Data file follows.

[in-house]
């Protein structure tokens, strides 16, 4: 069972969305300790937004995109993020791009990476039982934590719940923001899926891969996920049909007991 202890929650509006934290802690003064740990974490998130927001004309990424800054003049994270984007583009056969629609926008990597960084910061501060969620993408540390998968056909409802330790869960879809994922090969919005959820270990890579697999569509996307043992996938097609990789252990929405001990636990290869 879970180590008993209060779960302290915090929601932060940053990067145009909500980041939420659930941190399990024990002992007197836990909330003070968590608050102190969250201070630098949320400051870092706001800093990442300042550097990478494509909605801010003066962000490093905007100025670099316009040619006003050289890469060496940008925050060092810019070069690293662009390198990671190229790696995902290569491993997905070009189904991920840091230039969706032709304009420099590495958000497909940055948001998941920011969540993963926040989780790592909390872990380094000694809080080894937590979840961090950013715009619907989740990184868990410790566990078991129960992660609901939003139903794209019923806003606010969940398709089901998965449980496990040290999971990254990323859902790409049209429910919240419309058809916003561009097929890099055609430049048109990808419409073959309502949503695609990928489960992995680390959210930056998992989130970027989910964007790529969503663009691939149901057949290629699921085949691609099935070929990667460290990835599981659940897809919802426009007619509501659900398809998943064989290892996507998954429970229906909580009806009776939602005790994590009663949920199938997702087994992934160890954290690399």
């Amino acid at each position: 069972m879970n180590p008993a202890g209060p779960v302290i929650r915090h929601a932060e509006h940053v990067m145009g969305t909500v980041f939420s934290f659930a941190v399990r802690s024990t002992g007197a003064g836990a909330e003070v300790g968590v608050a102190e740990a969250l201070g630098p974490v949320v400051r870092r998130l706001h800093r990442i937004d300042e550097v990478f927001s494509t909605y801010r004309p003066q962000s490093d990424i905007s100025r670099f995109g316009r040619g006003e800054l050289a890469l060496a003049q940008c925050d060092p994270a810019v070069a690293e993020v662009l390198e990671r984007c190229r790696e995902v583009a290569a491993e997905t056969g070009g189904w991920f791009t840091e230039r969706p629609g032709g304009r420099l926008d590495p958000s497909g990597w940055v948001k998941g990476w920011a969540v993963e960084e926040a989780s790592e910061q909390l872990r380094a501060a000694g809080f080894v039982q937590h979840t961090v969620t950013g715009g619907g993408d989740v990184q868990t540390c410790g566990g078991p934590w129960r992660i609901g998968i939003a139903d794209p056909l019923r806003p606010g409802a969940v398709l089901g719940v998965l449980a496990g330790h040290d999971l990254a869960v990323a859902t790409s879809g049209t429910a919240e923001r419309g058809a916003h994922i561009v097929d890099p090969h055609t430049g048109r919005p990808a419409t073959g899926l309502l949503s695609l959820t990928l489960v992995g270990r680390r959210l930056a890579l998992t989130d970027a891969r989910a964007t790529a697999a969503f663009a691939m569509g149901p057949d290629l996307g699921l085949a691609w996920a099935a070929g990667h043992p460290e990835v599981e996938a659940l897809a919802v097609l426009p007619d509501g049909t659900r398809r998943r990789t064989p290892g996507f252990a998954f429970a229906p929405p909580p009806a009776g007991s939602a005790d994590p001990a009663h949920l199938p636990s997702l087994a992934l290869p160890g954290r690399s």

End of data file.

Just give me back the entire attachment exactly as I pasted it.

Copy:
[in-house]
């Protein structure tokens, strides 16, 4: 069972969305300790937004995109993020791009990476039982934590719940923001899926891969996920049909007991 202890929650509006934290802690003064740990974490998130927001004309990424800054003049994270984007583009056969629609926008990597960084910061501060969620993408540390998968056909409802330790869960879809994922090969919005959820270990890579697999569509996307043992996938097609990789252990929405001990636990290869 879970180590008993209060779960302290915090929601932060940053990067145009909500980041939420659930941190399990024990002992007197836990909330003070968590608050102190969250201070630098949320400051870092706001800093990442300042550097990478494509909605801010003066962000490093905007100025670099316009040619006003050289890469060496940008925050060092810019070069690293662009390198990671190229790696995902290569491993997905070009189904991920840091230039969706032709304009420099590495958000497909940055948001998941920011969540993963926040989780790592909390872990380094000694809080080894937590979840961090950013715009619907989740990184868990410790566990078991129960992660609901939003139903794209019923806003606010969940398709089901998965449980496990040290999971990254990323859902790409049209429910919240419309058809916003561009097929890099055609430049048109990808419409073959309502949503695609990928489960992995680390959210930056998992989130970027989910964007790529969503663009691939149901057949290629699921085949691609099935070929990667460290990835599981659940897809919802426009007619509501659900398809998943064989290892996507998954429970229906909580009806009776939602005790994590009663949920199938997702087994992934160890954290690399």
């Amino acid at each position: 069972m879970n180590p008993a202890g209060p779960v302290i929650r915090h929601a932060e509006h940053v990067m145009g969305t909500v980041f939420s934290f659930a941190v399990r802690s024990t002992g007197a003064g836990a909330e003070v300790g968590v608050a102190e740990a969250l201070g630098p974490v949320v400051r870092r998130l706001h800093r990442i937004d300042e550097v990478f927001s494509t909605y801010r004309p003066q962000s490093d990424i905007s100025r670099f995109g316009r040619g006003e800054l050289a890469l060496a003049q940008c925050d060092p994270a810019v070069a690293e993020v662009l390198e990671r984007c190229r790696e995902v583009a290569a491993e997905t056969g070009g189904w991920f791009t840091e230039r969706p629609g032709g304009r420099l926008d590495p958000s497909g990597w940055v948001k998941g990476w920011a969540v993963e960084e926040a989780s790592e910061q909390l872990r380094a501060a000694g809080f080894v039982q937590h979840t961090v969620t950013g715009g619907g993408d989740v990184q868990t540390c410790g566990g078991p934590w129960r992660i609901g998968i939003a139903d794209p056909l019923r806003p606010g409802a969940v398709l089901g719940v998965l449980a496990g330790h040290d999971l990254a869960v990323a859902t790409s879809g049209t429910a919240e923001r419309g058809a916003h994922i561009v097929d890099p090969h055609t430049g048109r919005p990808a419409t073959g899926l309502l949503s695609l959820t990928l489960v992995g270990r680390r959210l930056a890579l998992t989130d970027a891969r989910a964007t790529a697999a969503f663009a691939m569509g149901p057949d290629l996307g699921l085949a691609w996920a099935a070929g990667h043992p460290e990835v599981e996938a659940l897809a919802v097609l426009p007619d509501g049909t659900r398809r998943r990789t064989p290892g996507f252990a998954f429970a229906p929405p909580p009806a009776g007991s939602a005790d994590p001990a009663h949920l199938p636990s997702l087994a992934l290869p160890g954290r690399s």